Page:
• Antitubercular / Triterpenes and Phytosterols: Study of a chloroform extract of leaves yielded a new tirucallane-type triterpene, 24,24-dimethyl-5β-tirucall-9(11),25-dien-3-one (1), squalene and a mixture of the phytosterols stigmasterol and β-sitosterol. Compound 1 inhibited the growth of Mycobacterium tuberculosis H37Rv with a MIC of 64 μg/mL, while squalene and the sterol mixture have MICs of 100 and 128 μg/mL, respectively. (7)
• Fruits /Phenolic Compounds and Flavonoids: Study isolated 15 compounds (ten phenolics and five flavonoids) from the fruits of P. tectorius. Of the compounds, trans-ethyl acetate was the highest one with about 0.1% of the dry material. Most of the compounds possessed anti-oxidative activities, with some anti-inflammatory activities. (10)
• Diuretic / Leaves: A previous study has shown diuretic activity in a leaf extract. This study isolated squalene (1) from a chloroform extract. Both squalene 1 and the chloroform extract exhibited positive diuretic effects, although no comparable to the positive control, furosemide. (13)
• Neurobehavioral Activity / Leaves: Study evaluated an ethyl acetate fraction and n-butanol fraction of hydroalcoholic leaf extract for neurobehavioral activity using elevated plus maze, open field test and forced swim test in mice models. Results showed antidepressant and anxiolytic action. Phytochemical screening yielded flavonoids which could be responsible for the pharmacological action. Acute toxicity study on mice per OECD guidelines showed no significant toxicity. (14)
• Anti-Hyperlipidemic / Caffeoylquinic Acids: Study evaluated the anti-hyperlipidemic effect and mechanism of action of P. tectorius fruit extract in hamsters fed a high fat-diet. Treatment with PTF-b (fruit ethanol extract) enriched in caffeoylquinic acids (CQAs) significantly stimulated the activation of AMP-activated protein kinase (AMPK) as well as serum and hepatic lipoprotein lipase, with moderation of hyperlipidemia and improvement of liver lipid profile. (16) Study yielded ten caffeoylquinic acids (CQAs) from the anti-hyperlipidemic extract of fruits of P. tectorius. Three CQAs tested in HepG2 cells significantly reduced the intracellular content of total cholesterol and total triglycerides. (22)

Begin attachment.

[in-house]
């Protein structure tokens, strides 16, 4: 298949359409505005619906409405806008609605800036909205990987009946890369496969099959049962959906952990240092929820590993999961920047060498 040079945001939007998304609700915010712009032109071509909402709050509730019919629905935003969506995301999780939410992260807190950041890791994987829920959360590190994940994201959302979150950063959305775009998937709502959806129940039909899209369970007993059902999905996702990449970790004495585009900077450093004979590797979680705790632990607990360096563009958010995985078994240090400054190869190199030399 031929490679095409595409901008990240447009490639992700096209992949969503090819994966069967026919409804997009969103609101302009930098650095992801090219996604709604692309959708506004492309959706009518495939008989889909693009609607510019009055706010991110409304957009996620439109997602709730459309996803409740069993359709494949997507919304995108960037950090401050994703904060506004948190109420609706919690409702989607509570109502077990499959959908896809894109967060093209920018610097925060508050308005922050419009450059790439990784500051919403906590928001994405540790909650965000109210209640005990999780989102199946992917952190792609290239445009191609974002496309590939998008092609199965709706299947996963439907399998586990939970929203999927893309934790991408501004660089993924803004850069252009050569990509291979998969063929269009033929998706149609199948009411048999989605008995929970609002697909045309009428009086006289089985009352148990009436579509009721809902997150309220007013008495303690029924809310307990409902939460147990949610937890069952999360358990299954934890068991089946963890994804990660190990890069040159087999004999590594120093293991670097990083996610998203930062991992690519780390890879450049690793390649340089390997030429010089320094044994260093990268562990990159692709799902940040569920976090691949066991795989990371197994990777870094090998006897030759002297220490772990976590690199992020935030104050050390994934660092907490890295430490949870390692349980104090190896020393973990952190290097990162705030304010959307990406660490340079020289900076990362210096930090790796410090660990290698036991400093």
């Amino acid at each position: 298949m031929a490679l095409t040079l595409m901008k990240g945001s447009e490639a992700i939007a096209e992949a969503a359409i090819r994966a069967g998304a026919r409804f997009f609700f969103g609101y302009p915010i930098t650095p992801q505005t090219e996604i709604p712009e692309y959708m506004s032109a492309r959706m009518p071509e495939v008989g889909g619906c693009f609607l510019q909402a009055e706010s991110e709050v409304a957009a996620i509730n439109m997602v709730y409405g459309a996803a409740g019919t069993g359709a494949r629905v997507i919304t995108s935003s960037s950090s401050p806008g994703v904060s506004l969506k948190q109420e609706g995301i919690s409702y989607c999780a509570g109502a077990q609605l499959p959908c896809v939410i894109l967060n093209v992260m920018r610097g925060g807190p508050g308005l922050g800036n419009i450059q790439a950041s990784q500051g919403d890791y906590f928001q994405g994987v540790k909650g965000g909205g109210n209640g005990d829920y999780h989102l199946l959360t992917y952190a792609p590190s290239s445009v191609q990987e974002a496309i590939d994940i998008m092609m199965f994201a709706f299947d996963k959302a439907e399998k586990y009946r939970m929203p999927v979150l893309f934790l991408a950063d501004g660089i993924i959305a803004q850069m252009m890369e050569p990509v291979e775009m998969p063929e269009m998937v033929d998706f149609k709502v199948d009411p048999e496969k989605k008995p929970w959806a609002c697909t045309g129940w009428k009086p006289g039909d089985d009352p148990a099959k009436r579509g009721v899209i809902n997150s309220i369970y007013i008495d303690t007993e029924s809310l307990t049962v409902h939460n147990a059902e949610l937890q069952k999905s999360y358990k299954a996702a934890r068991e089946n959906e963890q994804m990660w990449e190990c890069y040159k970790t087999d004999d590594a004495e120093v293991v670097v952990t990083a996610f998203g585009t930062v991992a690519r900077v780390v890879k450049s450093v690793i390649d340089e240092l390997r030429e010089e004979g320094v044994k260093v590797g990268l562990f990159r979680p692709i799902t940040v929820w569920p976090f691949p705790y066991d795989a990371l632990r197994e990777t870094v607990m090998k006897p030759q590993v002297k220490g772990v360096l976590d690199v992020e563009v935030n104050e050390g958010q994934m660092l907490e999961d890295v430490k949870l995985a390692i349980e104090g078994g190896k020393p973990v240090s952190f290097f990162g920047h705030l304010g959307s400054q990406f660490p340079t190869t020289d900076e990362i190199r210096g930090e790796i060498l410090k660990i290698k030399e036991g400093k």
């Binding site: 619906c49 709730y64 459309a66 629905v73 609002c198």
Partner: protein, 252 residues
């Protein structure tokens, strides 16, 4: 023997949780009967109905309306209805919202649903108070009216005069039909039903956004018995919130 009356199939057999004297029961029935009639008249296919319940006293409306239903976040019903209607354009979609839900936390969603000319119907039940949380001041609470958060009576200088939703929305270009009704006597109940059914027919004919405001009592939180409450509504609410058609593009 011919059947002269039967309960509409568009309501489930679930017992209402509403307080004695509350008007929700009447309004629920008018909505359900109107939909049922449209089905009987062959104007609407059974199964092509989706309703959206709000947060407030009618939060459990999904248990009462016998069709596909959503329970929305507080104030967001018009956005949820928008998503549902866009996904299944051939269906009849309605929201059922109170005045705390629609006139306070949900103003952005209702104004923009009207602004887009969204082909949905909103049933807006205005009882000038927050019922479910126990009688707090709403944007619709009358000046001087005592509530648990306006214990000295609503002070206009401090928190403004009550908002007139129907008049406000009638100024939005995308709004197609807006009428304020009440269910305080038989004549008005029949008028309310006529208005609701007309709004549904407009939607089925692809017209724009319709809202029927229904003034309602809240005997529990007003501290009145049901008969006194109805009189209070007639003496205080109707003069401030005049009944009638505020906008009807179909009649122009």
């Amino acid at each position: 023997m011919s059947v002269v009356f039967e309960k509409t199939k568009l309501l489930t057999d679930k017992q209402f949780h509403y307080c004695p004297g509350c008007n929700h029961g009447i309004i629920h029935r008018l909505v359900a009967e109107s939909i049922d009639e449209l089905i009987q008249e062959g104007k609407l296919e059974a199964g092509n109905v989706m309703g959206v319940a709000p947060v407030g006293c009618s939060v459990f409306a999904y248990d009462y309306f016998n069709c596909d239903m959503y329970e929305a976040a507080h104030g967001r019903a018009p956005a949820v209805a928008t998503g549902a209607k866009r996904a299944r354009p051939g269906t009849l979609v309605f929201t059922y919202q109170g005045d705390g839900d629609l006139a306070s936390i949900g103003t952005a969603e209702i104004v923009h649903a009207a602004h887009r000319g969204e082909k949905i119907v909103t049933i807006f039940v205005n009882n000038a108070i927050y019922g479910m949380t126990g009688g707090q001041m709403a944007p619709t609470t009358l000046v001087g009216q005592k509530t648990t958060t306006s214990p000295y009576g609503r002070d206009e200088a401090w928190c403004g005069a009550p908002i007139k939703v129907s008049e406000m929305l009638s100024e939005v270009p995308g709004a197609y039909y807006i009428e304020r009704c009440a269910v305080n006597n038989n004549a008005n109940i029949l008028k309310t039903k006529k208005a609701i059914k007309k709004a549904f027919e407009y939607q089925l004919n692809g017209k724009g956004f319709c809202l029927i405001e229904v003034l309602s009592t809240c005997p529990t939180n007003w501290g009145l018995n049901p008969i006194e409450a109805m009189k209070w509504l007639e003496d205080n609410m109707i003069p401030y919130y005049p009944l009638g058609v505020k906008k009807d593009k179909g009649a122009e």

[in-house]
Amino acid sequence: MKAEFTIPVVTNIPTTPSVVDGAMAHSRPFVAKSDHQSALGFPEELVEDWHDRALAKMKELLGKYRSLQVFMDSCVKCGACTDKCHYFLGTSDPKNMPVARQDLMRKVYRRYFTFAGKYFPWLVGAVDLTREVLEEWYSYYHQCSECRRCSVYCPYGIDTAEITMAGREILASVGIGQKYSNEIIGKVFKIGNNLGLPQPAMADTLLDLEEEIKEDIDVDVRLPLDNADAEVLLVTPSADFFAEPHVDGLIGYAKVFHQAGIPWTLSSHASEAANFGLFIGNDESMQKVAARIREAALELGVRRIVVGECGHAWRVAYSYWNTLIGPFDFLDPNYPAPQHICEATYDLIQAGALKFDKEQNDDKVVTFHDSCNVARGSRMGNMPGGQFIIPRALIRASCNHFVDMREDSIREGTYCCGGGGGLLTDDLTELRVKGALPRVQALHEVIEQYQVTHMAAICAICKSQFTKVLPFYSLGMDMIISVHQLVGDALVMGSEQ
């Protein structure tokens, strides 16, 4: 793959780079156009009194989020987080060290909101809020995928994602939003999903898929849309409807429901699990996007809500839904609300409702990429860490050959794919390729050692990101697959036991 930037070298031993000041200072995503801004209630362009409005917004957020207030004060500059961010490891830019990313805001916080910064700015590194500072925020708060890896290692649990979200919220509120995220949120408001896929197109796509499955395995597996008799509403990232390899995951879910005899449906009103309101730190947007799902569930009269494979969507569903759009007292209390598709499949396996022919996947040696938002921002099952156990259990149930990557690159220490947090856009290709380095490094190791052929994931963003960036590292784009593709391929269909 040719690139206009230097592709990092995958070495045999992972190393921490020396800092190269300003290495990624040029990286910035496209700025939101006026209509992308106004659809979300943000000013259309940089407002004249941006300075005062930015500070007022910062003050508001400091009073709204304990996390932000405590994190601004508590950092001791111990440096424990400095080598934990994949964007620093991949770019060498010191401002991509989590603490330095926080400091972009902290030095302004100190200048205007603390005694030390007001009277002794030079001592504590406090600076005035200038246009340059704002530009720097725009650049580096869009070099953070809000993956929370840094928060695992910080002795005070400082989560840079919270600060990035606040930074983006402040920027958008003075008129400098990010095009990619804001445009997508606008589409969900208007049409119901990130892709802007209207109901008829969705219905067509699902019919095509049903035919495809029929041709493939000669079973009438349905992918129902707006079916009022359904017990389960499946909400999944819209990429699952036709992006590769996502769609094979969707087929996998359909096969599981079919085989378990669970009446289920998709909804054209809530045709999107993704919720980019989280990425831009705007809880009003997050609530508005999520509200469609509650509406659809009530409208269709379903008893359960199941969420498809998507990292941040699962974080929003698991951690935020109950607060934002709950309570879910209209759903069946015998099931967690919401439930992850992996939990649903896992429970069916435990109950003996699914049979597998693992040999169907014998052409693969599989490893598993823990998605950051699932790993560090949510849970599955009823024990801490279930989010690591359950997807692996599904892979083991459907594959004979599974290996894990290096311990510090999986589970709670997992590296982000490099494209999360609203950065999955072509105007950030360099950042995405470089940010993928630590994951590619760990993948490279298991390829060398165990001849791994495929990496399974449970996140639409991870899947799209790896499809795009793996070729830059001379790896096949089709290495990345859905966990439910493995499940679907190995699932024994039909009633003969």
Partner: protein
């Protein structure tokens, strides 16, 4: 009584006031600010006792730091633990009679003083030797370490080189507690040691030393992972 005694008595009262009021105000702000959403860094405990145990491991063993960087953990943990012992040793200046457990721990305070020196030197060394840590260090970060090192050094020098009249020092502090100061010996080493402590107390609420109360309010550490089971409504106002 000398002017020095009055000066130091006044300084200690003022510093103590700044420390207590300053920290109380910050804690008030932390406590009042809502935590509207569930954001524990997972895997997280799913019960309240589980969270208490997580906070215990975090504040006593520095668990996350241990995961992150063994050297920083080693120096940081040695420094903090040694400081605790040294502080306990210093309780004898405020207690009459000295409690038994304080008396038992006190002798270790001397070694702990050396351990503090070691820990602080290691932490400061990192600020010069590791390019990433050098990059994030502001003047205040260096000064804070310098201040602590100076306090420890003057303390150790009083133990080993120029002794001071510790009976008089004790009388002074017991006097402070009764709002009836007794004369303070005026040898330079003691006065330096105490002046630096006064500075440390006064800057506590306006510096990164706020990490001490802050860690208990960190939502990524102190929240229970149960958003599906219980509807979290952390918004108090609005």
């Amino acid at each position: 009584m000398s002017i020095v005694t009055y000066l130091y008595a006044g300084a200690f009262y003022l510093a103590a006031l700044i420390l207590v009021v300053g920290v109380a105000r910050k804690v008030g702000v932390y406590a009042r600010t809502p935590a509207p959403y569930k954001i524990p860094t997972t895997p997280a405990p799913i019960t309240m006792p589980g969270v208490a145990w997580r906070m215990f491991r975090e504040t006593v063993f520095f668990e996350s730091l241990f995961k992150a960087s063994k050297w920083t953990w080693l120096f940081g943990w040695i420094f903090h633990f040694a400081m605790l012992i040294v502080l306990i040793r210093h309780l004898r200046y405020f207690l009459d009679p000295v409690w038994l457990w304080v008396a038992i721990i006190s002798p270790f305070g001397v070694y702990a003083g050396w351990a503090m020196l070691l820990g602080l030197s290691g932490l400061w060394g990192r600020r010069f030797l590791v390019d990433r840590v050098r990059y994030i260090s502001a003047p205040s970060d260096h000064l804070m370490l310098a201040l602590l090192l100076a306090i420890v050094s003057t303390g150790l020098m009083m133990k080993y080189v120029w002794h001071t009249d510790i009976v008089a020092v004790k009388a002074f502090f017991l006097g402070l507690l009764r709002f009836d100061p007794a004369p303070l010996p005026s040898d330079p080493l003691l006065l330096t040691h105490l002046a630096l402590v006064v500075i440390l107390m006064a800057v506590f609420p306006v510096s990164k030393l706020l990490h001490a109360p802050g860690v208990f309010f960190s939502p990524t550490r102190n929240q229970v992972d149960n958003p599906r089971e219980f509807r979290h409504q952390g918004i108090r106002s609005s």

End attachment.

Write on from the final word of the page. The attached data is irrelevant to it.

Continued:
• Antioxidant / Antibacterial / Cytotoxicity Study / Fruits:Study evaluated the antibacterial and antioxidant activities, total phenolic content and cytotoxicity properties of P. tectorius fruit extracts against normal and cancer cell lines (HeLa, HepG2 and MCF-7). An ethyl acetate extract from fruit core parts showed highest antioxidant capacity (IC50=0.8 ± 0.20 mg/mL), while an ethyl acetate extract from key parts showed highest antibacterial activity with inhibition zone of 10-15 mm, but less than commercial antibiotics. On cytotoxicity study, all extracts did not show activity against all selected cell lines (IC50>30 µg/mL. (see constituents above) (18)
• α-Glucosidase Inhibitory Activity / Fruits:Study of fruits yielded one new dihydrofurocoumarin, named pandanusin A, along with 15 known compounds (2-16). The isolated compounds (1-12, 14) showed better α-glucosidase inhibitory activity (IC50 range of 14.4-81.5 µM) than standard drug acarbose (IC50=215.5 µM). (see constituents above) (19)
Triterpenes and Phytosterols / Leaves: Bioassay-guided chromatographic purification of the antitubercular chloroform extract of P. tectorius var. laevis leaves yielded a new tirucallane-type triterpene, 24,24-dimethyl-5β-tirucall-9(11),25-dien- 3-one (1), squalene and a mixture of the phytosterols stigmasterol and β-sitosterol. The new triterpene inhibited the growth of Mycobacterium tuberculosis H37Rv with MIC of 64 µg/mL, while squaline and the sterol mixture have MICs of 100 and 128 µg/mL, respectively. (21)
• Cytotoxic Steroids / KB (Human Epidermal Carcinoma) Cell Line / Stem Bark:Study of n-hexane extract of stem barks showed good cytotoxicity activity against KB (a human epidermal carcinoma) cell line with IC50 of 45.33 µg/mL. Study of the extracts isolated four compounds viz. stigmast-4-en-3-one (1), stimasta-4,22-dien-3-one (2), cycloucalenol (3), and stigmast-22-en-3ß-ol (4). Compound 2 showed moderate cytotoxic activity against KB cell line with IC50 of 88.96 µg/mL. (23)
• Anti-Inflammatory / Antinociceptive
/ Leaves: Study evaluated the anti-inflammatory and antinociceptive activity of ethanolic extract of fresh leaves of P. tectorius using carrageenan-induced paw edema in rats and tail-flick method in mice. Results showed anti-inflammatory activity equivalent to phenylbutazone; activity was attributed to inhibition of prostaglandins and leukotrines release. Antinociceptive activity was comparable to ibuprofen. Phytochemical screening yielded tannins, steroids, triterpenes, and flavonoids. (24)
• Increase Insulin Sensitivity / Regulation of Hepatic Glucose and Lipid Metabolism / Caffeoylquinic Acid / Fruit: Study evaluated the antihyperglycemic and antihyperlipidemic effects of CQA-rich P. tectorius fruit extract in diabetic mice. Treatment with the fruit extract significantly decreased body weight and fasting glucose levels, alleviated hyperinsulinism and hyperlipidemia, and decreased glucose levels in OGTT. Results suggest CQA-rich fruit extract may alleviate hyperglycemia and dyslipidemia via activation of AMPK-AS160-GLUT 4 pathway in skeletal muscle and inhibition of gluconeogenesis and lipogenesis in the liver. (25)
Small scale commercial production.